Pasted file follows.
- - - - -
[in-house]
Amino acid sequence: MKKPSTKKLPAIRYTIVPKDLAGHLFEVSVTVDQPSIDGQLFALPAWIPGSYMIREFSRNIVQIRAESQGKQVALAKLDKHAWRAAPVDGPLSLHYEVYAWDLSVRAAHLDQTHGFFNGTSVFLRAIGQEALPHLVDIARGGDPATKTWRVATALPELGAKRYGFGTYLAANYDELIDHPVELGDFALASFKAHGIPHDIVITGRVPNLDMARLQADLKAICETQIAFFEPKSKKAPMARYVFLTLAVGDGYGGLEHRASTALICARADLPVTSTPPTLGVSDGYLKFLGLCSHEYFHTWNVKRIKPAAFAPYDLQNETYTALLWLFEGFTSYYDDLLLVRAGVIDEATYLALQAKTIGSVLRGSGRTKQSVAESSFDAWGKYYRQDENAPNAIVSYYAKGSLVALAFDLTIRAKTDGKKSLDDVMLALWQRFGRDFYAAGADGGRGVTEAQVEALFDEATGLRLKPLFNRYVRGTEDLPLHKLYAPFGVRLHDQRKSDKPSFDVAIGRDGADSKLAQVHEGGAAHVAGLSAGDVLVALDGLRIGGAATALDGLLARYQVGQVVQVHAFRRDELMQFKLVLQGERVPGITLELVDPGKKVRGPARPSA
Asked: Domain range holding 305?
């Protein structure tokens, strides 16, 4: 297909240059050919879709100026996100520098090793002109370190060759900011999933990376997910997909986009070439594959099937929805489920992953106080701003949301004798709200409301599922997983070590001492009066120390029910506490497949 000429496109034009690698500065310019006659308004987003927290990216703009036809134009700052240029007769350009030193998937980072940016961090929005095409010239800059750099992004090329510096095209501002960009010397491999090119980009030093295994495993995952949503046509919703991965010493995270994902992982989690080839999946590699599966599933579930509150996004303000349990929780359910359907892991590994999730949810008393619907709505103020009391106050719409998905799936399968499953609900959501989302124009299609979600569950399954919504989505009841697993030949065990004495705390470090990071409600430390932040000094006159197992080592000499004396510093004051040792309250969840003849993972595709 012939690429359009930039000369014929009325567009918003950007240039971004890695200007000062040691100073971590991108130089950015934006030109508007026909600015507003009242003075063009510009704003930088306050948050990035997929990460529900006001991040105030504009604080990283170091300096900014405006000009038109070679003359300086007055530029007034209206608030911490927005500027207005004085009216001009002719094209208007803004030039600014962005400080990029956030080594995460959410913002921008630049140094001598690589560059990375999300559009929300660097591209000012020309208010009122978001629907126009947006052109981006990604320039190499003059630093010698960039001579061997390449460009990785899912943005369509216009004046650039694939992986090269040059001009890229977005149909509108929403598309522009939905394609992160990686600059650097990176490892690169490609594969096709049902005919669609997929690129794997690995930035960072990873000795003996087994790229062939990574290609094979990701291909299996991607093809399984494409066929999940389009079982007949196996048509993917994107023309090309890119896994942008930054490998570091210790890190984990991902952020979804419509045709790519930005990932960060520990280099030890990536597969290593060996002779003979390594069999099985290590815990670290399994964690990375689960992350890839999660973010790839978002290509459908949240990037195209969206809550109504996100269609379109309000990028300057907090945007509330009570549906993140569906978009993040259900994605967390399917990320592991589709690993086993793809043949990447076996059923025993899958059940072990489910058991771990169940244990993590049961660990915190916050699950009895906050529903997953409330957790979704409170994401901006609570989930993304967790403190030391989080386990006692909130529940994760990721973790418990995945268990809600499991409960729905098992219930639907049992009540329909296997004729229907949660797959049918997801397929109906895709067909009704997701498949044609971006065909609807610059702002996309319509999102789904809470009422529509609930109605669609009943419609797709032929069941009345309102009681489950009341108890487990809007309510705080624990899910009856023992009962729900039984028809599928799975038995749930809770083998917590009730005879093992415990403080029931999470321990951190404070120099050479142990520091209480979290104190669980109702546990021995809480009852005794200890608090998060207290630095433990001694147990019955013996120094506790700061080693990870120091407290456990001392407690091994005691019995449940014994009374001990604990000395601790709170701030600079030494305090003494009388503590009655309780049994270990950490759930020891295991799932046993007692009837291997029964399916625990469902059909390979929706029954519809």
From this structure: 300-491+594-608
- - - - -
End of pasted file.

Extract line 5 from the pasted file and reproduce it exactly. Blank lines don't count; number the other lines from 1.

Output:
From this structure: 300-491+594-608